Minnie was a sweet lady I would visit at her home south of town. Frustrated with her lack of progress in physical therapy after a fall, she’d ball up her fist, scrunch up her face, and say in a stage whisper,
“I want patience, and I want it now.”
Oh, Minnie, we are with you.
When will I get a break? When will it be my turn? When will it get easier? When? There are no easy answers to these questions.
I’ve read whole books about patience. I pray for it all the time. I know the answers I’m supposed to give to others and myself. “It’s all God’s timing,” or “Trust God. He will provide.” My answers are true, but they’re not necessarily what I want to hear when the good news is slow to come.
The real answer to the question, “When?” is, “We don’t know.” God’s mind isn’t our mind. God’s timing isn’t our timing. Patience is a matter of trust.
So, we take a deep breath and remember, “Trust in the Lord with all your heart and lean not on your own understanding; in all your ways submit to him, and he will make your paths straight” (Proverbs 3:5-7). We breathe and remember, over and over again.
When my patience runs thin and I’m frustrated with God for God’s glacial pace, I try to remember my own voice as I spoke to my teenagers when they were angry about how I was handling a situation.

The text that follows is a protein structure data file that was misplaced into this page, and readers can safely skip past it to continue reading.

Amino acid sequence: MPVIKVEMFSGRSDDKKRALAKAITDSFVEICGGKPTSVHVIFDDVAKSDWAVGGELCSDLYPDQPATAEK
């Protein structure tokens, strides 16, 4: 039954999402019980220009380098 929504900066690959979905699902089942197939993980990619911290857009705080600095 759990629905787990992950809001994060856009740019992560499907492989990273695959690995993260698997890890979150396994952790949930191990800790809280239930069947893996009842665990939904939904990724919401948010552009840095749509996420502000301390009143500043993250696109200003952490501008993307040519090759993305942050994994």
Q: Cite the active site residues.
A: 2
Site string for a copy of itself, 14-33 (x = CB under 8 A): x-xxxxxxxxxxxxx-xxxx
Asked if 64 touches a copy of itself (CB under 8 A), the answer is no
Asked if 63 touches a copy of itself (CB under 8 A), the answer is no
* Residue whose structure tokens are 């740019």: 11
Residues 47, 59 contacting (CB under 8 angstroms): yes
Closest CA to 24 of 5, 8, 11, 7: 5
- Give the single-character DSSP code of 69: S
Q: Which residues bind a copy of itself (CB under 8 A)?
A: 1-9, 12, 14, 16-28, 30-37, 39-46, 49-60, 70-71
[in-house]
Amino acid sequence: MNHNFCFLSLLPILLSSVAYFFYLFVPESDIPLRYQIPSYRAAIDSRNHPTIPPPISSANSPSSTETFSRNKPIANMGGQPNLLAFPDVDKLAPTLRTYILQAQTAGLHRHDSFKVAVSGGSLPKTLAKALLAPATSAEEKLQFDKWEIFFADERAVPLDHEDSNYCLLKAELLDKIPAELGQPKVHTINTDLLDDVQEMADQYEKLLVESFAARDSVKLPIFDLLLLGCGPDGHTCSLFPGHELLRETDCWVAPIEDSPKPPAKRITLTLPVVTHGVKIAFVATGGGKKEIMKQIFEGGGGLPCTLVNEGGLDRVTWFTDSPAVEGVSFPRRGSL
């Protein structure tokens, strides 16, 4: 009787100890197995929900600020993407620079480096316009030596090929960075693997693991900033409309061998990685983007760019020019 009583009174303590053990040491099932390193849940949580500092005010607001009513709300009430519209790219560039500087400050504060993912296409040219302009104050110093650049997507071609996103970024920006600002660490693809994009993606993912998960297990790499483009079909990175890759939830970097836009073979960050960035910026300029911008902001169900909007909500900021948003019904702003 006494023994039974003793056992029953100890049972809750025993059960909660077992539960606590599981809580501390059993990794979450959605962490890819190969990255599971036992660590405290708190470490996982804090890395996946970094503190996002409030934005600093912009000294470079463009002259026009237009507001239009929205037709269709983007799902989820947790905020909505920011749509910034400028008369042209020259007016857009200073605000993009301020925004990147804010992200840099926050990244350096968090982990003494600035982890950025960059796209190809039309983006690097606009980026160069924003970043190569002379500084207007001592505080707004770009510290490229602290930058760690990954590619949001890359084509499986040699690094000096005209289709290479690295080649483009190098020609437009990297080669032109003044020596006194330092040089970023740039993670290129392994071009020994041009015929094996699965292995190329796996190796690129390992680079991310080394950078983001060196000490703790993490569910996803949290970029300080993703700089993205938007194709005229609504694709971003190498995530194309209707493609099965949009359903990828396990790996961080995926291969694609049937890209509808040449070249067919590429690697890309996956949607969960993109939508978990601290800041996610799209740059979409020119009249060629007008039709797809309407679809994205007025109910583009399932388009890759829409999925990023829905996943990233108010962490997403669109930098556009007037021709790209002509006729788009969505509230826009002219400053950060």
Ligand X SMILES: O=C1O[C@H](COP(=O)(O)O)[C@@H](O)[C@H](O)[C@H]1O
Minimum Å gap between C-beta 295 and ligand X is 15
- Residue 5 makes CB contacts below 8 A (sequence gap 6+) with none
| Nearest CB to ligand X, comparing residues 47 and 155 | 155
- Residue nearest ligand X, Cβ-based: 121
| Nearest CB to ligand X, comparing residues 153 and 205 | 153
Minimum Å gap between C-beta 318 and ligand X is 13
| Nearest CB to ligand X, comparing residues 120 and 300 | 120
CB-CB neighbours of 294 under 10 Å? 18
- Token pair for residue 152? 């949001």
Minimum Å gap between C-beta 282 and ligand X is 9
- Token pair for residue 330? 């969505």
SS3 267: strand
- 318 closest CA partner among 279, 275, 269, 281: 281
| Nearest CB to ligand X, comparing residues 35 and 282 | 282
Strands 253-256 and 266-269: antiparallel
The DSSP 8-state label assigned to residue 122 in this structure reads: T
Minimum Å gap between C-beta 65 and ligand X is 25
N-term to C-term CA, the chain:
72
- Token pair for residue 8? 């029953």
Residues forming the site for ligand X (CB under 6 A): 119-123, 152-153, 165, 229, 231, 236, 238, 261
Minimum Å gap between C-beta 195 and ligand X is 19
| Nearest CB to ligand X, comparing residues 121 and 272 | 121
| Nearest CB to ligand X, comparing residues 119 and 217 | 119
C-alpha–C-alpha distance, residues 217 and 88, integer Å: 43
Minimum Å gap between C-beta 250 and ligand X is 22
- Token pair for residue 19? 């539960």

“It’s okay to be mad,” I’d say to my kids, “but it’s not okay to take it out on other people. Don’t use it as an excuse to act out. You’re still under my roof, so you’ve got to abide by this decision even though you don’t like it. I have a lot of things and people to take into consideration, too, so I hope you’ll trust me that I love you and have your best interests in mind. Don’t stop coming to be, even when–especially when–you’re angry.”
I imagine God saying something similar to me when I run out of patience and get frustrated with Him for His timing.
“It’s okay to be frustrated with my timing,” He might say, “I know it’s hard, but
don’t take it out on your family, your friends, or your co-workers. Don’t use your frustration with Me as an excuse to get drunk or start a fight. You’re still My disciple, so I’m asking you to live with My timing, even though you don’t like it. I love you, and I want what is best for you. I have a world full of people to take into consideration along with you, though, so you’ll have to trust Me. Just please don’t stop coming to Me even when–especially when–you’re angry.”
One of those books about patience that I read was called Waiting, and it’s by Ben Patterson. In it, he writes, “At least as important as the things we wait for is the work God wants to do in us as we wait.” As much as I don’t want to admit it, he’s right. Even in the slow times, especially in the hard times, God is working in us. Jesus is shaping our hearts, and the answers will really come in His time.